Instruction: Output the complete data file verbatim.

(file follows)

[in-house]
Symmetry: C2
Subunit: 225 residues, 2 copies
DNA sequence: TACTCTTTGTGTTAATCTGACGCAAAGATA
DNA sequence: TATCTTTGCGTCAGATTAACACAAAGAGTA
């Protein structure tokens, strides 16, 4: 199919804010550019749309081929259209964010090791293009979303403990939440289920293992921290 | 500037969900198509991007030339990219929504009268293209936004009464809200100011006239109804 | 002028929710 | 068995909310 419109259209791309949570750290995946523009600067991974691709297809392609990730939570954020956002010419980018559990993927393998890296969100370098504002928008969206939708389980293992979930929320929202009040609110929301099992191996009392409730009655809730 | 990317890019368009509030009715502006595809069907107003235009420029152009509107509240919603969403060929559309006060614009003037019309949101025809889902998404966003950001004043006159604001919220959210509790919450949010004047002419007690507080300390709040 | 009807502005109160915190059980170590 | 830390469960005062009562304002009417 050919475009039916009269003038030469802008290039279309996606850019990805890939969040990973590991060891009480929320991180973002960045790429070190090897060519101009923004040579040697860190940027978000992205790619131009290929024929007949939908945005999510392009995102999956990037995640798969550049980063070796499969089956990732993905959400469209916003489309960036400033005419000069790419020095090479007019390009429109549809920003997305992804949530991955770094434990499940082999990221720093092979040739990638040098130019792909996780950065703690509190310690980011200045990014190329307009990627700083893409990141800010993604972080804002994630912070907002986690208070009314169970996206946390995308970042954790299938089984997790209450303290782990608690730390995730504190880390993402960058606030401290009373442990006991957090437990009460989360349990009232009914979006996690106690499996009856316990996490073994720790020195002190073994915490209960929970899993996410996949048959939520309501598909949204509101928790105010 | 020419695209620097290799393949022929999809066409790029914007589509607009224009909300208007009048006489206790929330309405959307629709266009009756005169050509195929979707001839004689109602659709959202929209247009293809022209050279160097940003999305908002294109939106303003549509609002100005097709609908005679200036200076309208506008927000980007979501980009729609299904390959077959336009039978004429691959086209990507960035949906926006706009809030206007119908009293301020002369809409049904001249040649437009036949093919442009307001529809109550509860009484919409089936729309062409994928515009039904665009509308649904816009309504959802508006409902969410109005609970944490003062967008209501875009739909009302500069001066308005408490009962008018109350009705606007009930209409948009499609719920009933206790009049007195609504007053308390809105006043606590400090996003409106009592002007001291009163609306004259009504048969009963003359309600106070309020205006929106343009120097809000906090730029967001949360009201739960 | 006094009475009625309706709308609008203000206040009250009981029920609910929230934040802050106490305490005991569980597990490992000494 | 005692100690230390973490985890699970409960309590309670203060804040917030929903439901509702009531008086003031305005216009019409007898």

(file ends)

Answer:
[in-house]
Symmetry: C2
Subunit: 225 residues, 2 copies
DNA sequence: TACTCTTTGTGTTAATCTGACGCAAAGATA
DNA sequence: TATCTTTGCGTCAGATTAACACAAAGAGTA
């Protein structure tokens, strides 16, 4: 199919804010550019749309081929259209964010090791293009979303403990939440289920293992921290 | 500037969900198509991007030339990219929504009268293209936004009464809200100011006239109804 | 002028929710 | 068995909310 419109259209791309949570750290995946523009600067991974691709297809392609990730939570954020956002010419980018559990993927393998890296969100370098504002928008969206939708389980293992979930929320929202009040609110929301099992191996009392409730009655809730 | 990317890019368009509030009715502006595809069907107003235009420029152009509107509240919603969403060929559309006060614009003037019309949101025809889902998404966003950001004043006159604001919220959210509790919450949010004047002419007690507080300390709040 | 009807502005109160915190059980170590 | 830390469960005062009562304002009417 050919475009039916009269003038030469802008290039279309996606850019990805890939969040990973590991060891009480929320991180973002960045790429070190090897060519101009923004040579040697860190940027978000992205790619131009290929024929007949939908945005999510392009995102999956990037995640798969550049980063070796499969089956990732993905959400469209916003489309960036400033005419000069790419020095090479007019390009429109549809920003997305992804949530991955770094434990499940082999990221720093092979040739990638040098130019792909996780950065703690509190310690980011200045990014190329307009990627700083893409990141800010993604972080804002994630912070907002986690208070009314169970996206946390995308970042954790299938089984997790209450303290782990608690730390995730504190880390993402960058606030401290009373442990006991957090437990009460989360349990009232009914979006996690106690499996009856316990996490073994720790020195002190073994915490209960929970899993996410996949048959939520309501598909949204509101928790105010 | 020419695209620097290799393949022929999809066409790029914007589509607009224009909300208007009048006489206790929330309405959307629709266009009756005169050509195929979707001839004689109602659709959202929209247009293809022209050279160097940003999305908002294109939106303003549509609002100005097709609908005679200036200076309208506008927000980007979501980009729609299904390959077959336009039978004429691959086209990507960035949906926006706009809030206007119908009293301020002369809409049904001249040649437009036949093919442009307001529809109550509860009484919409089936729309062409994928515009039904665009509308649904816009309504959802508006409902969410109005609970944490003062967008209501875009739909009302500069001066308005408490009962008018109350009705606007009930209409948009499609719920009933206790009049007195609504007053308390809105006043606590400090996003409106009592002007001291009163609306004259009504048969009963003359309600106070309020205006929106343009120097809000906090730029967001949360009201739960 | 006094009475009625309706709308609008203000206040009250009981029920609910929230934040802050106490305490005991569980597990490992000494 | 005692100690230390973490985890699970409960309590309670203060804040917030929903439901509702009531008086003031305005216009019409007898």